The full-mix demo for each kit can be anywhere from 12 to over 50 bars long, which gives you a great idea of potential arrangements. Normally, the individual component loops are 1-4 bars long. These are often accompanied by one to nine individual hits (although some 1-hit effects are nicely couched in loops allowing them to build up to and hit downbeats); there are also additional folders of 14 drum, 36 flute, and four "miscellaneous" loops not assigned to any of the construction kits.

The instrumentation is nicely varied. Kits may have electric, synth, or acoustic bass; analog and acoustic brush drum kits may be layered; accompaniment may include guitar, synths, flute, ethnic instruments, or even scratching, lending a modern, urban feel to the otherwise laid-back proceedings.

Generally the sound is nice and fat, well-compressed so that you don't need to worry about the 16-bit format. Occasionally, glitchy synths or even vinyl noise are injected on purpose. I did hear one upright bass that had a rattle reminiscent of aliasing noise, but that was the exception-most of the sounds are excellent. Interestingly, this was the one collection in the group that did not explicitly forbid use in creating a music library.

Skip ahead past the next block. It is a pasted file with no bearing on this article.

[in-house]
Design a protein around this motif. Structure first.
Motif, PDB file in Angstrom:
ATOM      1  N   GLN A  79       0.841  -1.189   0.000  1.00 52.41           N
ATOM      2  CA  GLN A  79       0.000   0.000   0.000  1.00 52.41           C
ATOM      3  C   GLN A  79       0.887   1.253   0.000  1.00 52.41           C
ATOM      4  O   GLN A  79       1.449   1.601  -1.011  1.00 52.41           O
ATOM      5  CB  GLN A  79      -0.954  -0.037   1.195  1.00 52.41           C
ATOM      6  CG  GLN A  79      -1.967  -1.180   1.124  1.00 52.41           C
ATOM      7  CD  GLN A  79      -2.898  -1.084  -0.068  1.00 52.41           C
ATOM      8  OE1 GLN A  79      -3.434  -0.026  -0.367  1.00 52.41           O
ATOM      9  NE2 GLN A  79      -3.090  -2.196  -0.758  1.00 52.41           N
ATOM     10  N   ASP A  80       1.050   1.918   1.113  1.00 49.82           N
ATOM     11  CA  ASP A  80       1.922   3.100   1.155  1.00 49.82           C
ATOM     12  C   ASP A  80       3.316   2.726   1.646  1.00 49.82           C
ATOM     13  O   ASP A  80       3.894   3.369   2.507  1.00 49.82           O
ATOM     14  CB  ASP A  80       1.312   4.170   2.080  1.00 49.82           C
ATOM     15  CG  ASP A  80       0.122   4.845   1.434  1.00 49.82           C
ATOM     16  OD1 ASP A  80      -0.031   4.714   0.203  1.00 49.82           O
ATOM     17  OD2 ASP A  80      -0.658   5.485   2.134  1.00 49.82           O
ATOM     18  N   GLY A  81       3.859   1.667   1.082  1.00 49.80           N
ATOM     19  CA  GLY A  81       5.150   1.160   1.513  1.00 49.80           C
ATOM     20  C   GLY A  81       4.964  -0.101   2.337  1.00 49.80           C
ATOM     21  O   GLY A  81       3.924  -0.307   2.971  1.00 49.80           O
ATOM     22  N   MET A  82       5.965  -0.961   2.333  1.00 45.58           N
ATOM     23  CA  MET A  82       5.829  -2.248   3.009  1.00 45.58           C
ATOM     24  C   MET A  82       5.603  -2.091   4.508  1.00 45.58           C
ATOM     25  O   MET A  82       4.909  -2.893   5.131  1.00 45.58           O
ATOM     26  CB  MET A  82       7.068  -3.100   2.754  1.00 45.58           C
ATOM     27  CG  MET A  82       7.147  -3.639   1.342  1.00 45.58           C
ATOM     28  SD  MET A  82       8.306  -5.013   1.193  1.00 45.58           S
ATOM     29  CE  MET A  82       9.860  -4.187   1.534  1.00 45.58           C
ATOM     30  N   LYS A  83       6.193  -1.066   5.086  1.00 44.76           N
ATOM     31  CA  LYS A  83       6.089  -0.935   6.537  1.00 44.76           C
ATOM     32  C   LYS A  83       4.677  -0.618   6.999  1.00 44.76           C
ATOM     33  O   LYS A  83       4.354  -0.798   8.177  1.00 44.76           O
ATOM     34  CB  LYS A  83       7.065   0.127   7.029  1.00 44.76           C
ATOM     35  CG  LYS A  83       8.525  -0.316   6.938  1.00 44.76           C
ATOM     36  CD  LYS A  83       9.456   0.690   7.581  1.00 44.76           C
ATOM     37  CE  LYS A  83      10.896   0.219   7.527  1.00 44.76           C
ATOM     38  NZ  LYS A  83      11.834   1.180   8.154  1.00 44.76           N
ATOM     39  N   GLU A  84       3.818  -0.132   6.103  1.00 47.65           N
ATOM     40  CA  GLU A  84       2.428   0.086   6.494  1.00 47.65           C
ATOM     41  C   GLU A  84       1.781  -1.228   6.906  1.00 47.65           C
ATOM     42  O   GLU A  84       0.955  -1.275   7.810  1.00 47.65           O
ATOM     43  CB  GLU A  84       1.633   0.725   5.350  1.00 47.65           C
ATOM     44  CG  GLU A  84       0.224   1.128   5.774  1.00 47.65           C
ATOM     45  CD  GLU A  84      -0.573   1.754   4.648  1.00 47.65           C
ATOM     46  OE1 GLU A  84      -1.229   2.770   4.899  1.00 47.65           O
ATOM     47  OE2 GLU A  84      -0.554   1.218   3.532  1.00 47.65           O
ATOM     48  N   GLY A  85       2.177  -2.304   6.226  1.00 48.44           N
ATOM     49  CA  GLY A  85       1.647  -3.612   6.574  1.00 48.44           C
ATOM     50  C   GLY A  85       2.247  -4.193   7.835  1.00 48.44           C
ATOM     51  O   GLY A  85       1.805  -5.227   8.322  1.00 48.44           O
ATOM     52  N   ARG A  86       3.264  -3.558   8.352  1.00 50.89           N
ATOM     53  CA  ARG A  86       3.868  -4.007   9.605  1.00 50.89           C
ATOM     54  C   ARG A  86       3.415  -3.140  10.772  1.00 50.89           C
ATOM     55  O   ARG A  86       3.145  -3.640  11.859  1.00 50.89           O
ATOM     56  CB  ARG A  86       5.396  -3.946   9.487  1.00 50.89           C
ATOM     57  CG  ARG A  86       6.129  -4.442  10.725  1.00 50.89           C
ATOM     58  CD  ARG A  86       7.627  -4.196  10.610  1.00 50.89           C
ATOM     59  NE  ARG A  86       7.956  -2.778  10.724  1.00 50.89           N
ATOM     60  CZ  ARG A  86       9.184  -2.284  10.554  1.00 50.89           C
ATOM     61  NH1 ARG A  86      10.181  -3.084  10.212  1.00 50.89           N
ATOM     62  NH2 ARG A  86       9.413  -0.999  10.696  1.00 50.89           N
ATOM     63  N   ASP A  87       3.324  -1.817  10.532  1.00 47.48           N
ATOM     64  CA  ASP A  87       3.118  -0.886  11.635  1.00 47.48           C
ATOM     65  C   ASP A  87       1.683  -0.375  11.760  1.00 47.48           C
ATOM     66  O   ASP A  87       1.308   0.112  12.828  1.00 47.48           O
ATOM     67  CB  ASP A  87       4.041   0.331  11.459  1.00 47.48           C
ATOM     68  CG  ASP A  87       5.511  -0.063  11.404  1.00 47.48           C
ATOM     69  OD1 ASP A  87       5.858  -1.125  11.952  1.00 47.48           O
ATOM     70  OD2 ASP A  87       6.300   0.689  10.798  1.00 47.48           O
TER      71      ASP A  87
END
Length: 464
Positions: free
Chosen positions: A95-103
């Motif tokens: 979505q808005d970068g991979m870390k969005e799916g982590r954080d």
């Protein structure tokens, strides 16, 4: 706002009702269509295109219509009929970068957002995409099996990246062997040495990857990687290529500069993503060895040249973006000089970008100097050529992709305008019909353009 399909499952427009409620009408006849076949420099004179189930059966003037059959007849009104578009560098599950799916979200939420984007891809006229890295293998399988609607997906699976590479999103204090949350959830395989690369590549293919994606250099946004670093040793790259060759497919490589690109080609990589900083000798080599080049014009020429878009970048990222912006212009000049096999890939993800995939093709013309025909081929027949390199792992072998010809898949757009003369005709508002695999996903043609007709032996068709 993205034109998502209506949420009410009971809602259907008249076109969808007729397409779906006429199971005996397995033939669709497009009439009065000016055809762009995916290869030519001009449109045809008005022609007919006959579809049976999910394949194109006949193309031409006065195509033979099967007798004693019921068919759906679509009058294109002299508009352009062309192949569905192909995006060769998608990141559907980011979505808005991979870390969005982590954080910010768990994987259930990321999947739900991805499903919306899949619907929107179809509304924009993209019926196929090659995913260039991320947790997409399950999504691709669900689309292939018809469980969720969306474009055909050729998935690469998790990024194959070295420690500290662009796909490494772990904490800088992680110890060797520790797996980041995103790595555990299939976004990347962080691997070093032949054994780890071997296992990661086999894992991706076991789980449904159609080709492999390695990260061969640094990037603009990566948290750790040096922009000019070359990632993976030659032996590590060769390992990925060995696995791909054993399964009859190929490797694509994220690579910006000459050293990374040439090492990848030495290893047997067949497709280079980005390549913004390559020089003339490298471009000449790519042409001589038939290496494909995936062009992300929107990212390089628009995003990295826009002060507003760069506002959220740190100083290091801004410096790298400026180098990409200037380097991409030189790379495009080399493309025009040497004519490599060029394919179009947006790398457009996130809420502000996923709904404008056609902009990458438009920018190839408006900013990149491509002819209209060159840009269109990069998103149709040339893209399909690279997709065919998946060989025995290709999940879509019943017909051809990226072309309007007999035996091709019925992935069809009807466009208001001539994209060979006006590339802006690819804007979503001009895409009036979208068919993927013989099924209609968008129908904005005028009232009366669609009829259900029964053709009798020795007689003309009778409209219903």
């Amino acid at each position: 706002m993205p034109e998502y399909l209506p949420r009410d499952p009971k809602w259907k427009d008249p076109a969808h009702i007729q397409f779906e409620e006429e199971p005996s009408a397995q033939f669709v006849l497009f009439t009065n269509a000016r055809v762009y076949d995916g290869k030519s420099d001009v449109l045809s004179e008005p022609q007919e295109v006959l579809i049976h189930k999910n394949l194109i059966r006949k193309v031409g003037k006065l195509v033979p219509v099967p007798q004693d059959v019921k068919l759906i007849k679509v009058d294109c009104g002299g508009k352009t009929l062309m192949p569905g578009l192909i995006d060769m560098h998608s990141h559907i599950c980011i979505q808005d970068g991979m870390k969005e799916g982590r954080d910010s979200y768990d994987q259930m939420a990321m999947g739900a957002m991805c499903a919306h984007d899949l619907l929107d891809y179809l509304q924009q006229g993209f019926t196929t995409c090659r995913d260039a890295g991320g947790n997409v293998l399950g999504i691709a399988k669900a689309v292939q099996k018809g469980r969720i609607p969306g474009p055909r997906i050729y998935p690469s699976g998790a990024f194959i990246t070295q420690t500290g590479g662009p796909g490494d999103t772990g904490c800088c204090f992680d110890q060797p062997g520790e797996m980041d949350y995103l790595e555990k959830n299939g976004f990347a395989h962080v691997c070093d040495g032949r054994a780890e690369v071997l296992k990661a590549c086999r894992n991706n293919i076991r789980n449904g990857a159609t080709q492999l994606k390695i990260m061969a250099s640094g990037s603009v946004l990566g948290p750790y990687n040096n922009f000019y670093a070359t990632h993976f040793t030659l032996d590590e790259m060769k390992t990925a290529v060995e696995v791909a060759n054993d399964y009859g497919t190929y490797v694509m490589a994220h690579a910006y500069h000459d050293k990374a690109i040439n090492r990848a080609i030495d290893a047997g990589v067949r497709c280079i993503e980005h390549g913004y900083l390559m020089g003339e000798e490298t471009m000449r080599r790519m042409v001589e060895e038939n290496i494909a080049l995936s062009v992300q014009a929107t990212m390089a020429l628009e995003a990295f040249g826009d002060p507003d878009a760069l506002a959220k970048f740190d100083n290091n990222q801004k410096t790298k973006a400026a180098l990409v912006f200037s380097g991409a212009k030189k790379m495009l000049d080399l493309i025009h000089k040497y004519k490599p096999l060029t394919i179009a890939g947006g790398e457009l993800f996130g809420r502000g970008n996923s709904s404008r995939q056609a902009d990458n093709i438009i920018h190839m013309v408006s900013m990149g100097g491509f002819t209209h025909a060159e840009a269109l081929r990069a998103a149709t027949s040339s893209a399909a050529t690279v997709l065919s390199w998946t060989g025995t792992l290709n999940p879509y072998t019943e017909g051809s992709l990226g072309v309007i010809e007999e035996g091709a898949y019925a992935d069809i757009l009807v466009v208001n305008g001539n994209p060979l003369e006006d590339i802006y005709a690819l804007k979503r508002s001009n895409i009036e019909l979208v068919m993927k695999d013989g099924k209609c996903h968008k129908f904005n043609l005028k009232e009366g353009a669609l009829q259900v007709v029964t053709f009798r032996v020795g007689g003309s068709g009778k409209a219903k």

Acid Jazz City

Ah, what's in a name... Say "acid jazz" to me, and I recall the Scotti Bros Records compilations of the early '90s that featured a blending of acid house (analog synths and drums), early hip-hop (scratching, toasting, and R&B grooves), and traditional jazz.

By contrast, the first few construction kits in this collection reminded me of Miles Davis Bitches Brew-era free jazz, with additions of drum machines and turntablists-loose and noisy. Dive in deeper, and you also hear strains of lounge, funk, and R&B. A long list of musicians provide varied instrumentation, including a pair of live drummers in addition to programmed drums, hand percussion, a turntablist, acoustic bass, both electric and acoustic piano and guitar, organ, trumpet, flute, and lots of tenor sax.

This 24-bit library provides 1.54 gigs of loops broken down into 30 construction kits ranging in temp from 65 to 200 bpm, most being in the 78-95 zone. An individual construction kit folder may contain 18 to 70 individual loops (24-48 being most common). Most contain a 20-odd-second full mix excerpt that is indeed "full" to the point of occasionally being overwhelming; some breakdowns and variety in the demo like the Chill library may help give a user more ideas of the potential here to be unlocked.

The rest of the loops average one to four bars, and contain a nice variety of variations, fills, stings, and pieces of longer linear performances. Some kits also have bonus single-shot hits.